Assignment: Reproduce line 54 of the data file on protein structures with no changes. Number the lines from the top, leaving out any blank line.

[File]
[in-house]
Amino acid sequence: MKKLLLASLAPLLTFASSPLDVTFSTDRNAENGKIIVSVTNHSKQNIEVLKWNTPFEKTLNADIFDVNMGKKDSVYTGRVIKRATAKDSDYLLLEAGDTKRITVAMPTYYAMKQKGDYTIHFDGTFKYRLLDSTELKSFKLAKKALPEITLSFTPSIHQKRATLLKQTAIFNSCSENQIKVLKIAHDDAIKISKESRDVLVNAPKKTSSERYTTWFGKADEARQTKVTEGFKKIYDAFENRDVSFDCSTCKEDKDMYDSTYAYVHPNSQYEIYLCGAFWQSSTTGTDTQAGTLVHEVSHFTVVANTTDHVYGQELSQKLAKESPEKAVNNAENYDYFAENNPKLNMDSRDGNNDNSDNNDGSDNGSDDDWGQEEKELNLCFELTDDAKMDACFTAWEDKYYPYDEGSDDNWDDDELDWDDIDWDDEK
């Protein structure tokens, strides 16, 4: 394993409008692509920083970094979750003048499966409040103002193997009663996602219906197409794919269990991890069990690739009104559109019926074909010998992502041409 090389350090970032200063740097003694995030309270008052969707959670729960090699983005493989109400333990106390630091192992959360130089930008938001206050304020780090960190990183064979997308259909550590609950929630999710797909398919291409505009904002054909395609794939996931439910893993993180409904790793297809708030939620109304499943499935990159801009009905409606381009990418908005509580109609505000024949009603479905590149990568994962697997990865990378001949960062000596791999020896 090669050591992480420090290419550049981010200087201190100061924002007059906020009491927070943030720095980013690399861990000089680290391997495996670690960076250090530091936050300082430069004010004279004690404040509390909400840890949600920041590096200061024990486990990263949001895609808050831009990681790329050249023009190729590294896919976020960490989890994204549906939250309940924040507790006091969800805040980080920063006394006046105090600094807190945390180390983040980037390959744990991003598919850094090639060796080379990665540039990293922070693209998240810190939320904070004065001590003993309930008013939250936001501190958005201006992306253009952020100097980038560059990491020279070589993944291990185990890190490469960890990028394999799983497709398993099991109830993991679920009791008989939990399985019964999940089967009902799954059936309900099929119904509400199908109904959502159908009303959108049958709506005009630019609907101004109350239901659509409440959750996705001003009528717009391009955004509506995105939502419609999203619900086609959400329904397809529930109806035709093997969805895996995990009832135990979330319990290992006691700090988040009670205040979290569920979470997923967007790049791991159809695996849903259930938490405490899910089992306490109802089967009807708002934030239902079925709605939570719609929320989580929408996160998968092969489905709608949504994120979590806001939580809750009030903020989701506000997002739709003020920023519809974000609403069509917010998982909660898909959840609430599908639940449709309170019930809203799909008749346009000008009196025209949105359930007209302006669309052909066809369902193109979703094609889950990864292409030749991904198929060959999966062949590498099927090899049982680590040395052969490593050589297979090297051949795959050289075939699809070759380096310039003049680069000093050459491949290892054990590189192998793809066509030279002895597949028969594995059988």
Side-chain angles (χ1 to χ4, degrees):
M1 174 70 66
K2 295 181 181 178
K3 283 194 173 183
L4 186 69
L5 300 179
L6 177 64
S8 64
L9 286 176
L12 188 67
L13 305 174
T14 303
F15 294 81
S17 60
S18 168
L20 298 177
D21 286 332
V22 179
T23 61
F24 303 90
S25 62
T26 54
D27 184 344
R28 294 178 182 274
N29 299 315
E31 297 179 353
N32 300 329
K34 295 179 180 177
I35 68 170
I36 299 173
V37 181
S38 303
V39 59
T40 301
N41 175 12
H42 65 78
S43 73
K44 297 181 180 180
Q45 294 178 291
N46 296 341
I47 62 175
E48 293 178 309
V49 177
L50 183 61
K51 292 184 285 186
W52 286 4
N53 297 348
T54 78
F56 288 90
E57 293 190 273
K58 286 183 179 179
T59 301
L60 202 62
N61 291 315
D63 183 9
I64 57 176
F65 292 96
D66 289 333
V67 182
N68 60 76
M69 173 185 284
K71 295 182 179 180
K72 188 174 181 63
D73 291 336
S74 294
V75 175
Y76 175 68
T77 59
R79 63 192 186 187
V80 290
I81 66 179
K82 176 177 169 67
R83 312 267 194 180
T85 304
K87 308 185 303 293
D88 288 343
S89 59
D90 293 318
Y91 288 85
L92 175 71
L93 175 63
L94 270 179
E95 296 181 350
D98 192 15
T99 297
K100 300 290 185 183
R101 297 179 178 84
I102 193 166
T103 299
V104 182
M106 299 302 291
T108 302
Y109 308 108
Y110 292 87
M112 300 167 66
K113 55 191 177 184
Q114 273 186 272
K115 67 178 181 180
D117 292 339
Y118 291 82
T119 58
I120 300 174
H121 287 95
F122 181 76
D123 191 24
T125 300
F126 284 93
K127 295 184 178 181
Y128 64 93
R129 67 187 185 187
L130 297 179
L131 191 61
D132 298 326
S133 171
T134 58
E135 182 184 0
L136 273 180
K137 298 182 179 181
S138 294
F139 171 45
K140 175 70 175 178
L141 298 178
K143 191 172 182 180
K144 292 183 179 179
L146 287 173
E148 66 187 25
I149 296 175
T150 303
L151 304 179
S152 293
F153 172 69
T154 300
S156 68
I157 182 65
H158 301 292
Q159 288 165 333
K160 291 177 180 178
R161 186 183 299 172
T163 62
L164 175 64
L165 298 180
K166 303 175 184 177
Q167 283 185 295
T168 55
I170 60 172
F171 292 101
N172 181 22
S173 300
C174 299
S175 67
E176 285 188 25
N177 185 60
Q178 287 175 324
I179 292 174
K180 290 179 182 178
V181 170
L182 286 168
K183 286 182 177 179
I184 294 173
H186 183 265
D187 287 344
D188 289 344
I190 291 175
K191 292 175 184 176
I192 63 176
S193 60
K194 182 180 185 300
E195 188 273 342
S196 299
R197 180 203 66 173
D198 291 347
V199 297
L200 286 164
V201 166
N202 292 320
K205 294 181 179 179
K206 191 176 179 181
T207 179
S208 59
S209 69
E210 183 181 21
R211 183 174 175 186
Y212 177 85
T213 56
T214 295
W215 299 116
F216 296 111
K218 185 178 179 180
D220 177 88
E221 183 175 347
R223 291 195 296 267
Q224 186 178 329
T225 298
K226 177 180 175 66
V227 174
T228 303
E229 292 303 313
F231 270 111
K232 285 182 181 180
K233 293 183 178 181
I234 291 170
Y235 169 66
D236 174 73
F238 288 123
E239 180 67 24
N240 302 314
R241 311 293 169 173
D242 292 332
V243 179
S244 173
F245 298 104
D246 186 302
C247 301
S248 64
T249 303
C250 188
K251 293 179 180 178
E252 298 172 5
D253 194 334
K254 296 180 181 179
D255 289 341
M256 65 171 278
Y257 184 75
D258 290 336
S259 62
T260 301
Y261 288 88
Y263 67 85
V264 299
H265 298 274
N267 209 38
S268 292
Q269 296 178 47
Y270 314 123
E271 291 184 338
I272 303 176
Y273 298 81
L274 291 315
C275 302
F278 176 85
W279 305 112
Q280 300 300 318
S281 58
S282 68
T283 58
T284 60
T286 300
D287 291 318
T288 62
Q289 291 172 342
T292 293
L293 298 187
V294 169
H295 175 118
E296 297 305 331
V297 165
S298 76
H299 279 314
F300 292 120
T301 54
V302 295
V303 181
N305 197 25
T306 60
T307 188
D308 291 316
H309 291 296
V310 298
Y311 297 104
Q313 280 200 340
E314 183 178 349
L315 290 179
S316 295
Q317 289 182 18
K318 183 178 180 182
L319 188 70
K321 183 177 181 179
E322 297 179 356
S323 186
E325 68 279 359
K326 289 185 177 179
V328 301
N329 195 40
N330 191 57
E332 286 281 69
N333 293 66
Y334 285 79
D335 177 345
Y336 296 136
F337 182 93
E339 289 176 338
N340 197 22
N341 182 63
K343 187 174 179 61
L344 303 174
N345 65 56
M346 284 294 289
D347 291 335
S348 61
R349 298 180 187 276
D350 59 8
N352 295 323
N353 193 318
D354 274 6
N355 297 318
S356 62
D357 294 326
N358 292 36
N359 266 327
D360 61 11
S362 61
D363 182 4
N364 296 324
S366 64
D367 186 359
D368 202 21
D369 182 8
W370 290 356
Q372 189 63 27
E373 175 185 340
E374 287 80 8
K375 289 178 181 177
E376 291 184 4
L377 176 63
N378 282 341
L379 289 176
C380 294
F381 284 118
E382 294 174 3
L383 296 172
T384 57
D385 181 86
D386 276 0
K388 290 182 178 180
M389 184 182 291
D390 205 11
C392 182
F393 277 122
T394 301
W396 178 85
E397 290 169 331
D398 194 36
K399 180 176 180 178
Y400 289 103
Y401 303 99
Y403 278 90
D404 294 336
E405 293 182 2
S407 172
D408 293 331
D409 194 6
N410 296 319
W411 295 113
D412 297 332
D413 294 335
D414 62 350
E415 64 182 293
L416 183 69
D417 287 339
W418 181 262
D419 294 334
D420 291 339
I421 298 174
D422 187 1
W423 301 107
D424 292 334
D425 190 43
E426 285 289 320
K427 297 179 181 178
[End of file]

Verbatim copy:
K58 286 183 179 179